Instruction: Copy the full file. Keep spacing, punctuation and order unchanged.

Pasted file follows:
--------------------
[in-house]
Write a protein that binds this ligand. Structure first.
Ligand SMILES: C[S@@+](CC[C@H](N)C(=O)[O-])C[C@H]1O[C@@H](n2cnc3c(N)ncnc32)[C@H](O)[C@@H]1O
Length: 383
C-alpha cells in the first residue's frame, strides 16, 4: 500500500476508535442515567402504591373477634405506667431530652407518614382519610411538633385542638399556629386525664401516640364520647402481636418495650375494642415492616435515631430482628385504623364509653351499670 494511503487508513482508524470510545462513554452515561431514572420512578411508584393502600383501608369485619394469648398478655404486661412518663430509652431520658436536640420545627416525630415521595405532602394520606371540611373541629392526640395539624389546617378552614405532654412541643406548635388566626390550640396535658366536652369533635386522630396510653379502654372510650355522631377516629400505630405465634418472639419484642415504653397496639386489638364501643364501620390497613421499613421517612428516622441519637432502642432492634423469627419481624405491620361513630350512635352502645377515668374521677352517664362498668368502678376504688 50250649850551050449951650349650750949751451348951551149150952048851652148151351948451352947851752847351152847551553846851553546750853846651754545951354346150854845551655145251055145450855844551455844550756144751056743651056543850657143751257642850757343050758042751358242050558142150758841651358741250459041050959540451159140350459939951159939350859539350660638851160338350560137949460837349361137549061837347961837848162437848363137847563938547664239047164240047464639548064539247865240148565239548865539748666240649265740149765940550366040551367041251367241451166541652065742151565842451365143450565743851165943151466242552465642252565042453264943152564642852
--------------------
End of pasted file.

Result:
[in-house]
Write a protein that binds this ligand. Structure first.
Ligand SMILES: C[S@@+](CC[C@H](N)C(=O)[O-])C[C@H]1O[C@@H](n2cnc3c(N)ncnc32)[C@H](O)[C@@H]1O
Length: 383
C-alpha cells in the first residue's frame, strides 16, 4: 500500500476508535442515567402504591373477634405506667431530652407518614382519610411538633385542638399556629386525664401516640364520647402481636418495650375494642415492616435515631430482628385504623364509653351499670 494511503487508513482508524470510545462513554452515561431514572420512578411508584393502600383501608369485619394469648398478655404486661412518663430509652431520658436536640420545627416525630415521595405532602394520606371540611373541629392526640395539624389546617378552614405532654412541643406548635388566626390550640396535658366536652369533635386522630396510653379502654372510650355522631377516629400505630405465634418472639419484642415504653397496639386489638364501643364501620390497613421499613421517612428516622441519637432502642432492634423469627419481624405491620361513630350512635352502645377515668374521677352517664362498668368502678376504688 50250649850551050449951650349650750949751451348951551149150952048851652148151351948451352947851752847351152847551553846851553546750853846651754545951354346150854845551655145251055145450855844551455844550756144751056743651056543850657143751257642850757343050758042751358242050558142150758841651358741250459041050959540451159140350459939951159939350859539350660638851160338350560137949460837349361137549061837347961837848162437848363137847563938547664239047164240047464639548064539247865240148565239548865539748666240649265740149765940550366040551367041251367241451166541652065742151565842451365143450565743851165943151466242552465642252565042453264943152564642852